No. 312. Wednesday, February 27, 1712. Steele.

Quod huic Officium, quæ laus, quod Decus erit tanti, quod adipisci cum colore Corporis velit, qui dolorem summum malum sibi persuaserit? Quam porro quis ignominiam, quam turpitudinem non pertulerit, ut effugiat dolorem, si id summum malum esse decrevit?
Tull. de Dolore tolerando.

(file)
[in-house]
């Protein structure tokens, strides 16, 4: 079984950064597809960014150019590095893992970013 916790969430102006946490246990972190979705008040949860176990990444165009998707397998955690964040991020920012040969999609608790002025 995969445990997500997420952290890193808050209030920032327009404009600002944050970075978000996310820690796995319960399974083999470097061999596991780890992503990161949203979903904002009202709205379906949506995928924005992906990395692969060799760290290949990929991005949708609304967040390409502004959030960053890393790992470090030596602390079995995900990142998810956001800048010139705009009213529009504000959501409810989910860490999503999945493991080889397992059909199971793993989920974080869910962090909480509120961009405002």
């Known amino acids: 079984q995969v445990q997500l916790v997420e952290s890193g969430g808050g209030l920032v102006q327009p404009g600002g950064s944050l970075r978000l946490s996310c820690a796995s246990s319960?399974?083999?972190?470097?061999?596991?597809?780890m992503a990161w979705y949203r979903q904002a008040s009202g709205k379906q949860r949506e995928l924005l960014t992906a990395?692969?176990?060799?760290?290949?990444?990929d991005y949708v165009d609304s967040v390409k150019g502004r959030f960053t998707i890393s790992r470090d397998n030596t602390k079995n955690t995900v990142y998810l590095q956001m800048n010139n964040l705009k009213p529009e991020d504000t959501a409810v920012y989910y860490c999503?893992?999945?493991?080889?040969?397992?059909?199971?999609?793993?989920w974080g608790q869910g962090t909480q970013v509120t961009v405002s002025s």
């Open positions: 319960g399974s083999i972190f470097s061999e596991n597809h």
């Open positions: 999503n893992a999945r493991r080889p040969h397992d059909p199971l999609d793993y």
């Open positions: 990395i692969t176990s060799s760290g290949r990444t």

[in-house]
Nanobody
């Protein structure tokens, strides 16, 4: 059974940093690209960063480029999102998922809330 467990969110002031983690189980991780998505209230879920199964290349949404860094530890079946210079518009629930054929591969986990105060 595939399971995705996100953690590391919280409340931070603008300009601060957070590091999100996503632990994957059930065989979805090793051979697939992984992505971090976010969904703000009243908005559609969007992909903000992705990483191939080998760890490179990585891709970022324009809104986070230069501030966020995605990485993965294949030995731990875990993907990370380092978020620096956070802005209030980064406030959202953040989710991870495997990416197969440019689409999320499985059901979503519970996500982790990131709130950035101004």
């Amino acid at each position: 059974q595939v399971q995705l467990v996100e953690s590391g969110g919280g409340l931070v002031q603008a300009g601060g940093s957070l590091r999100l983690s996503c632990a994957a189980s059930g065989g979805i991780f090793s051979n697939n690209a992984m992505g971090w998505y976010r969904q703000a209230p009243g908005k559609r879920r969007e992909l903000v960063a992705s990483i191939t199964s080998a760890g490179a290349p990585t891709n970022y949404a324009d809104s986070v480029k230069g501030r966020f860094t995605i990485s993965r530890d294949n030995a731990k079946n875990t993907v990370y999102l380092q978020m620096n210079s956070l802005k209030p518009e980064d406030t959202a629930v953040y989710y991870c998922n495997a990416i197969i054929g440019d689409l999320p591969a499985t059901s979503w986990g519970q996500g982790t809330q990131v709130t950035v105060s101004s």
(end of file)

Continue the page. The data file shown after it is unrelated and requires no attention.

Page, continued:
It is a very melancholy Reflection, that Men are usually so weak, that it is absolutely necessary for them to know Sorrow and Pain to be in their right Senses. Prosperous People (for Happy there are none) are hurried away with a fond Sense of their present Condition, and thoughtless of the Mutability of Fortune: Fortune is a Term which we must use in such Discourses as these, for what is wrought by the unseen Hand of the Disposer of all Things. But methinks the Disposition of a Mind which is truly great, is that which makes Misfortunes and Sorrows little when they befall our selves, great and lamentable when they befall other Men. The most unpardonable Malefactor in the World going to his Death and bearing it with Composure, would win the Pity of those who should behold him; and this not because his Calamity is deplorable, but because he seems himself not to deplore it: We suffer for him who is less sensible of his own Misery, and are inclined to despise him who sinks under the Weight of his Distresses. On the other hand, without any Touch of Envy, a temperate and well-govern'd Mind looks down on such as are exalted with Success, with a certain Shame for the Imbecility of human Nature, that can so far forget how liable it is to Calamity, as to grow giddy with only the Suspence of Sorrow, which is the Portion of all Men. He therefore who turns his Face from the unhappy Man, who will not look again when his Eye is cast upon modest Sorrow, who shuns Affliction like a Contagion, does but pamper himself up for a Sacrifice, and contract in himself a greater Aptitude to Misery by attempting to escape it. A Gentleman where I happened to be last Night, fell into a Discourse which I thought shewed a good Discerning in him: He took Notice that whenever Men have looked into their Heart for the Idea of true Excellency in human Nature, they have found it to consist in Suffering after a right Manner and with a good Grace. Heroes are always drawn bearing Sorrows, struggling with Adversities, undergoing all kinds of Hardships, and having in the Service of Mankind a kind of Appetite to Difficulties and Dangers. The Gentleman went on to observe, that it is from this secret Sense of the high Merit which there is in Patience under Calamities, that the Writers of Romances, when they attempt to furnish out Characters of the highest Excellence, ransack Nature for things terrible; they raise a new Creation of Monsters, Dragons, and Giants: Where the Danger ends, the Hero ceases; when he won an Empire, or gained his Mistress, the rest of his Story is not worth relating. My Friend carried his Discourse so far as to say, that it was for higher Beings than Men to join Happiness and Greatness in the same Idea; but that in our Condition we have no Conception of superlative Excellence, or Heroism, but as it is surrounded with a Shade of Distress.